The image in this problem is part of a piece of equipment found in the playground of a school. How would you describe it to someone over the phone?
Imagine you are suspending a cube from one vertex (corner) and
allowing it to hang freely. Now imagine you are lowering it into
water until it is exactly half submerged. What shape does the
surface. . . .
This task depends on groups working collaboratively, discussing and
reasoning to agree a final product.
I found these clocks in the Arts Centre at the University of
Warwick intriguing - do they really need four clocks and what times
would be ambiguous with only two or three of them?
At the time of writing the hour and minute hands of my clock are at
right angles. How long will it be before they are at right angles
The second in a series of articles on visualising and modelling shapes in the history of astronomy.
Imagine you have six different colours of paint. You paint a cube
using a different colour for each of the six faces. How many
different cubes can be painted using the same set of six colours?
This article explores ths history of theories about the shape of our planet. It is the first in a series of articles looking at the significance of geometric shapes in the history of astronomy.
The whole set of tiles is used to make a square. This has a green and blue border. There are no green or blue tiles anywhere in the square except on this border. How many tiles are there in the set?
This is the first article in a series which aim to provide some insight into the way spatial thinking develops in children, and draw on a range of reported research. The focus of this article is the. . . .
Find all the ways to cut out a 'net' of six squares that can be
folded into a cube.
What can you see? What do you notice? What questions can you ask?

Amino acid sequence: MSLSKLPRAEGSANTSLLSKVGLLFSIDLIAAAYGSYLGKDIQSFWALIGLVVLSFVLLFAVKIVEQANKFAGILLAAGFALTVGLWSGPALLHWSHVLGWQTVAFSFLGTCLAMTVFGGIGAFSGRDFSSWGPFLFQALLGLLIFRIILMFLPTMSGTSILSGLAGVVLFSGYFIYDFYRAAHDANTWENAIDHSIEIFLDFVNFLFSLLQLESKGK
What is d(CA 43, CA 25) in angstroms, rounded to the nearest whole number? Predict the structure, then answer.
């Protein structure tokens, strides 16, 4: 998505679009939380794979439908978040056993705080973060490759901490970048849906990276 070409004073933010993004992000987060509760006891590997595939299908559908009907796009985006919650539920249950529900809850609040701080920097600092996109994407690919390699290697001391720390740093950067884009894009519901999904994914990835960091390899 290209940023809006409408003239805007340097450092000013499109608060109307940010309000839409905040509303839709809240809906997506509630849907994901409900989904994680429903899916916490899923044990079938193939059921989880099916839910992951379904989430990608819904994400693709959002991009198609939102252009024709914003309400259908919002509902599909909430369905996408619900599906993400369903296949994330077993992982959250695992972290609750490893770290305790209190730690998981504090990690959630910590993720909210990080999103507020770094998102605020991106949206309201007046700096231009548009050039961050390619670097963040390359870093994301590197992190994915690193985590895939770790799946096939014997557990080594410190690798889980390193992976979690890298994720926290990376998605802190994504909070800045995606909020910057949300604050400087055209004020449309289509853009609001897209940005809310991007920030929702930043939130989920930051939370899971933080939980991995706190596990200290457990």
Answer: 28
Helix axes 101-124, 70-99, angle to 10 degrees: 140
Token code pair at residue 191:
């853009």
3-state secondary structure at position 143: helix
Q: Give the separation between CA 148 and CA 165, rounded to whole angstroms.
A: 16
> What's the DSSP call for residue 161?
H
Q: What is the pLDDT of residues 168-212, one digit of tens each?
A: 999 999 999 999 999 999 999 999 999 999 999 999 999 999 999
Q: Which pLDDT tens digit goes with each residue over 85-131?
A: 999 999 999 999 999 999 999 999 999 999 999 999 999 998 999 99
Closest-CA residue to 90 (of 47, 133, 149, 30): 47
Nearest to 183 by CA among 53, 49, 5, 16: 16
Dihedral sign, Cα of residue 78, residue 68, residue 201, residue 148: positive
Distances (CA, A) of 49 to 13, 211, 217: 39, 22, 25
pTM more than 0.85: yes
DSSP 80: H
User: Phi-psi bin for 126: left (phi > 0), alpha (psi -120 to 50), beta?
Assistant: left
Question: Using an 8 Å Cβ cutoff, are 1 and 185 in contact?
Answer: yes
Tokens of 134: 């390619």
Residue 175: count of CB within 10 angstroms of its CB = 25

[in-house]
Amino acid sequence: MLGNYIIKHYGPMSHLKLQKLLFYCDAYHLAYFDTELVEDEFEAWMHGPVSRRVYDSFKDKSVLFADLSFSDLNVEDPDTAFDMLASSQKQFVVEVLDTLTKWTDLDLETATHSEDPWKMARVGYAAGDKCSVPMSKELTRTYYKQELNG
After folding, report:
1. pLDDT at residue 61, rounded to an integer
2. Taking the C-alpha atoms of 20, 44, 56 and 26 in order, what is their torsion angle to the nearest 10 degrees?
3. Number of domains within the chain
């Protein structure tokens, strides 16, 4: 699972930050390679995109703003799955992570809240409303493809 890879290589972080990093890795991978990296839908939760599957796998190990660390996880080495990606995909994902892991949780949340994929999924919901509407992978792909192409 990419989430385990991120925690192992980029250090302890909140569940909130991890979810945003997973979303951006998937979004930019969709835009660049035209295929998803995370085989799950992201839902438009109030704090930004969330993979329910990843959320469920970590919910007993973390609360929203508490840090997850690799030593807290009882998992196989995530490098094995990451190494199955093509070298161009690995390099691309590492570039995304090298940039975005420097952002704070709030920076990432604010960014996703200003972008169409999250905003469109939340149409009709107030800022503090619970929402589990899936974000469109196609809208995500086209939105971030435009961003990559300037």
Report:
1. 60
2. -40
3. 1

How many different ways can I lay 10 paving slabs, each 2 foot by 1
foot, to make a path 2 foot wide and 10 foot long from my back door
into my garden, without cutting any of the paving slabs?
We're excited about this new program for drawing beautiful mathematical designs. Can you work out how we made our first few pictures and, even better, share your most elegant solutions with us?
A game for 2 people. Take turns joining two dots, until your opponent is unable to move.
A rectangular field has two posts with a ring on top of each post.
There are two quarrelsome goats and plenty of ropes which you can
tie to their collars. How can you secure them so they can't. . . .
Anne completes a circuit around a circular track in 40 seconds.
Brenda runs in the opposite direction and meets Anne every 15
seconds. How long does it take Brenda to run around the track?
Watch these videos to see how Phoebe, Alice and Luke chose to draw 7 squares. How would they draw 100?
This article looks at levels of geometric thinking and the types of
activities required to develop this thinking.
Can you make sense of the charts and diagrams that are created and used by sports competitors, trainers and statisticians?
Can you find a way of representing these arrangements of balls?
Try this interactive strategy game for 2
Can you fit the tangram pieces into the outline of Little Ming and Little Fung dancing?
Can you fit the tangram pieces into the outline of this goat and giraffe?
Can you fit the tangram pieces into the outlines of the workmen?